THE BLOG
01/27/2015 11:57 am ET Updated Dec 06, 2017

Workplace Stress? Check Your Inbox

At GCC we work with many of the world's most respected, forward-thinking employers, and it's interesting to note just how many are now focusing on mental health.

One of the most enlightened employers we work with is Fiat-Chrysler in Brazil, where there is a constant effort to adopt best practice from their colleagues across the world. They currently look to Germany, where fellow car manufacturer Daimler has introduced stress-free breaks for its 100,000 employees, giving them an option to have all of their new emails deleted while they're away. Anyone who sends them an email receives an automated response advising them that the person is away and can't be reached.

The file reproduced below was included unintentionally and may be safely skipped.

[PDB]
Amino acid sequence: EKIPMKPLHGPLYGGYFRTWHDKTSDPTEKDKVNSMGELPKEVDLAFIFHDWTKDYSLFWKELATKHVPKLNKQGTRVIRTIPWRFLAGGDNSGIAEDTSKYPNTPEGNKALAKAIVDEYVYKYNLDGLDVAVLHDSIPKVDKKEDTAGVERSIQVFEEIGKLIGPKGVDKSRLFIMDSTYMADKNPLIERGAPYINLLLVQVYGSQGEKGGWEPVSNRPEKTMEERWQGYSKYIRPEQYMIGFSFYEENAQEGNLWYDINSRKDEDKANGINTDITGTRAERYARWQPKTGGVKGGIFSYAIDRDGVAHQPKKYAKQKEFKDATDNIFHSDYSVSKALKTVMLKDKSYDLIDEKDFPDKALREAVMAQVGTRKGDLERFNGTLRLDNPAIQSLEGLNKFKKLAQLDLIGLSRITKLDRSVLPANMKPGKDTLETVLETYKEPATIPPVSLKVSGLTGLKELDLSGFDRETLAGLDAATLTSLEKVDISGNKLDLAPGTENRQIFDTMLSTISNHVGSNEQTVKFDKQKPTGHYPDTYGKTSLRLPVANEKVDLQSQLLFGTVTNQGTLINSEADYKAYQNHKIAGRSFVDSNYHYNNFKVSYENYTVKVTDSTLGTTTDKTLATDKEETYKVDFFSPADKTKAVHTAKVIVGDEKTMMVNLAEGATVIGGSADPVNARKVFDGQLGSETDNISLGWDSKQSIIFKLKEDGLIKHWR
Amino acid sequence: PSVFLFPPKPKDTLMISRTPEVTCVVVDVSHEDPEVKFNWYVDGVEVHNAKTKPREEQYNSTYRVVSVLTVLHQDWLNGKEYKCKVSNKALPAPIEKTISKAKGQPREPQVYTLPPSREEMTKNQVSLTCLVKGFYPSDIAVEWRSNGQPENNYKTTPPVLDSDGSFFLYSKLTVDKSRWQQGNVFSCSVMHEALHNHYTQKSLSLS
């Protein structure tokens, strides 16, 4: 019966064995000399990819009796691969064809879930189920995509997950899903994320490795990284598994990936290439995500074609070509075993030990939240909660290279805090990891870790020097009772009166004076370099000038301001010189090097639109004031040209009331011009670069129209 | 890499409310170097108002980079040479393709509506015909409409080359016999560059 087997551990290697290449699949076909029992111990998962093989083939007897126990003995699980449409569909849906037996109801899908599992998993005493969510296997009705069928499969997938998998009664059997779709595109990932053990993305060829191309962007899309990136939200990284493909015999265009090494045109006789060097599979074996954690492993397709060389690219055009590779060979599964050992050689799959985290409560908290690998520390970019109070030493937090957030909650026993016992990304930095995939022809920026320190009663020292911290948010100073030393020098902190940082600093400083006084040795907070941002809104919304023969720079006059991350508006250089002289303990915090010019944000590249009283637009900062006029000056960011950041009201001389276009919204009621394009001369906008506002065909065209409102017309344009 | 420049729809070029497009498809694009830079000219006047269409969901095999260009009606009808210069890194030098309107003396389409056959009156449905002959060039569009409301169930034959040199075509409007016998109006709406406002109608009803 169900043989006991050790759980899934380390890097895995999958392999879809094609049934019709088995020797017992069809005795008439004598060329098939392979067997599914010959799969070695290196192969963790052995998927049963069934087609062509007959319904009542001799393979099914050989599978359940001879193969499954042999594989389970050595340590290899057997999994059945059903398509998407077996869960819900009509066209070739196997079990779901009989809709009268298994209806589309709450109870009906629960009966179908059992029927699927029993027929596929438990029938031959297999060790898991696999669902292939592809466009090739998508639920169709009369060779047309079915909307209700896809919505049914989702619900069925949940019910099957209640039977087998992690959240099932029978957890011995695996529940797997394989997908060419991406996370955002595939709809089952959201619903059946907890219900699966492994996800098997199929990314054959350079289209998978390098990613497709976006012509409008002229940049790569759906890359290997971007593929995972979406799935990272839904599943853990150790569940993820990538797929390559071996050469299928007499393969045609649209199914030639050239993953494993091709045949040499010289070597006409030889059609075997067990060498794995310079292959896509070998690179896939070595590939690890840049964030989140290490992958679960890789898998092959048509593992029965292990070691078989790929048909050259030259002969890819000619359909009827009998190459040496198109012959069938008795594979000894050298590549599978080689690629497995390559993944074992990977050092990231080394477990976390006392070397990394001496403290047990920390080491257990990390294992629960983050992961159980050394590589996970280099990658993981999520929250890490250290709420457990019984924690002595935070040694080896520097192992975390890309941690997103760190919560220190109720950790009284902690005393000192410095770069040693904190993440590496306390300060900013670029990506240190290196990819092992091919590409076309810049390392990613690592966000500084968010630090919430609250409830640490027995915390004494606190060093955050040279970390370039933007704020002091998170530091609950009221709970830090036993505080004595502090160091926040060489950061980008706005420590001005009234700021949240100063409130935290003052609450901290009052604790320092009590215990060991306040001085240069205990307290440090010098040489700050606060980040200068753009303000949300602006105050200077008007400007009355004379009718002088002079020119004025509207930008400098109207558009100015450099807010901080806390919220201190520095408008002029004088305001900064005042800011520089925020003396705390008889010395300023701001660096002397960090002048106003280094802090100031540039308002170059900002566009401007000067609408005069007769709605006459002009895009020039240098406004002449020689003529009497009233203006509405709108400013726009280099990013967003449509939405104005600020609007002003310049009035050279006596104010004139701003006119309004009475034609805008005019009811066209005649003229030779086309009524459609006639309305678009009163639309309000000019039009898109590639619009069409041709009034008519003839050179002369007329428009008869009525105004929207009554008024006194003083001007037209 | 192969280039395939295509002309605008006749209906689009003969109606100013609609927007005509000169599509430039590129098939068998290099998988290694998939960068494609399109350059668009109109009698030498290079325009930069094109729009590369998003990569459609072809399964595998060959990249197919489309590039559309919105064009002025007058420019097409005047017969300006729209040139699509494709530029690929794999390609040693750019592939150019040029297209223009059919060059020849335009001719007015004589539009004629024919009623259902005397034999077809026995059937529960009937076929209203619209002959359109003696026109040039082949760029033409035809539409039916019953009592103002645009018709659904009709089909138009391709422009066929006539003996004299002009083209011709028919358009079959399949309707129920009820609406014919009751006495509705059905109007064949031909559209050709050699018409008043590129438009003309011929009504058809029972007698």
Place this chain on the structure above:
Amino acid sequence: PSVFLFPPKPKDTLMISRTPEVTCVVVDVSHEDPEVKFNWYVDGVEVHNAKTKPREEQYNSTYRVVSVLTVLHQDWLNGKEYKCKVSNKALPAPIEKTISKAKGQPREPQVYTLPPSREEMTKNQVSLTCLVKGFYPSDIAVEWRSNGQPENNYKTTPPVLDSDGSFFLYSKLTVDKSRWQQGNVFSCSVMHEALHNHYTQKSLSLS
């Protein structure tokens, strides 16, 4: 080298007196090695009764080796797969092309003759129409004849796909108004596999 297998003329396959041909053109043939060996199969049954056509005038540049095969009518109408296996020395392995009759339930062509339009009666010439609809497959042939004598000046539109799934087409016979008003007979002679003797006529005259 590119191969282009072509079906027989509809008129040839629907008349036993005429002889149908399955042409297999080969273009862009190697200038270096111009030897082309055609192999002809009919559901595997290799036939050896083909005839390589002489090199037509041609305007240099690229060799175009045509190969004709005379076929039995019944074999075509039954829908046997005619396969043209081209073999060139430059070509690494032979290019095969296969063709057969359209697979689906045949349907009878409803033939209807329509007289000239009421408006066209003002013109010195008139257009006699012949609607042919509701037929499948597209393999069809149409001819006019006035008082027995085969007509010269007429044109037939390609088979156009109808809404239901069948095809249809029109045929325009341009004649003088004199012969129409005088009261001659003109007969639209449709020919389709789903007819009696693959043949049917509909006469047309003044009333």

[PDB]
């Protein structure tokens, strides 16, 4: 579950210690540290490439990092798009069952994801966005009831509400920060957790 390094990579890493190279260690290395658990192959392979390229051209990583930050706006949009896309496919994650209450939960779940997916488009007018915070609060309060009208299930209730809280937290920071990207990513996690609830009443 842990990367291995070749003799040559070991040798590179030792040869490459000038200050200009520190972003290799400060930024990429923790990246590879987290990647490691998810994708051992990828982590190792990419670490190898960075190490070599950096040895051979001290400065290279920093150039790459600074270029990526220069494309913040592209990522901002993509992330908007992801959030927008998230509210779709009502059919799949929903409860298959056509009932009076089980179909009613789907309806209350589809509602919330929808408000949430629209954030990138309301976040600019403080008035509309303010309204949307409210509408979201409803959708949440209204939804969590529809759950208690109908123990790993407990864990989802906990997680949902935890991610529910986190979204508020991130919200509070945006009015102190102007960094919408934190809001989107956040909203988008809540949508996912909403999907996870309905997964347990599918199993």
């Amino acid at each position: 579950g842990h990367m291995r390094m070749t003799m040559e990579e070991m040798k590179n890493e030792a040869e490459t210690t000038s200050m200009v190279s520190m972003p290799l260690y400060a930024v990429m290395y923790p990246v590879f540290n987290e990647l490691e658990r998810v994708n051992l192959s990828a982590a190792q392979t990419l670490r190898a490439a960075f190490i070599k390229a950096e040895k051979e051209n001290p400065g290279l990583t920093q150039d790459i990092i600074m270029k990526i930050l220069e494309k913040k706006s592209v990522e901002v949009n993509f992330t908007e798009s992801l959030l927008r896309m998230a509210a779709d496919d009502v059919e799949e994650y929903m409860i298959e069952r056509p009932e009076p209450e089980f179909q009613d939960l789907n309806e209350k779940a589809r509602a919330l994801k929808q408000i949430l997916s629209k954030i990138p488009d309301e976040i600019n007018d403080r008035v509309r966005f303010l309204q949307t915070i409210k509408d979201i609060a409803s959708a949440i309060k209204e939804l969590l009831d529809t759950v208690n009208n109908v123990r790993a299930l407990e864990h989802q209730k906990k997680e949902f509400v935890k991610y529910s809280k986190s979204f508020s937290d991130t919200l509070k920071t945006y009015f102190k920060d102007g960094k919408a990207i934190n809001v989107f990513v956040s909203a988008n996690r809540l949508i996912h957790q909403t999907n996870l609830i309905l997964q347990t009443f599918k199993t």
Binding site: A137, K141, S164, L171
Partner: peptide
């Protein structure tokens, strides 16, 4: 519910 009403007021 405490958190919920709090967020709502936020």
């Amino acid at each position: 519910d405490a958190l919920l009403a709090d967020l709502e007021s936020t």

The idea is designed to have employees back at their desks at the end of a holiday, ready to start afresh rather than with an email traffic jam. This isn't the whim of one human resources department, either; the German Government is poised to enact anti-stress laws that will make it illegal for employers to send emails to workers during free time and holidays.

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This might sound extreme, but the issue that needs to be addressed is a serious one. Our client base hails from over 50 industry types and encapsulates employee populations spanning every socio-economic, geographic and psychographic audience imaginable -- the rise in mental health issues is consistently escalating across the industrialized world -- especially among white collar, cubicle dwelling employees.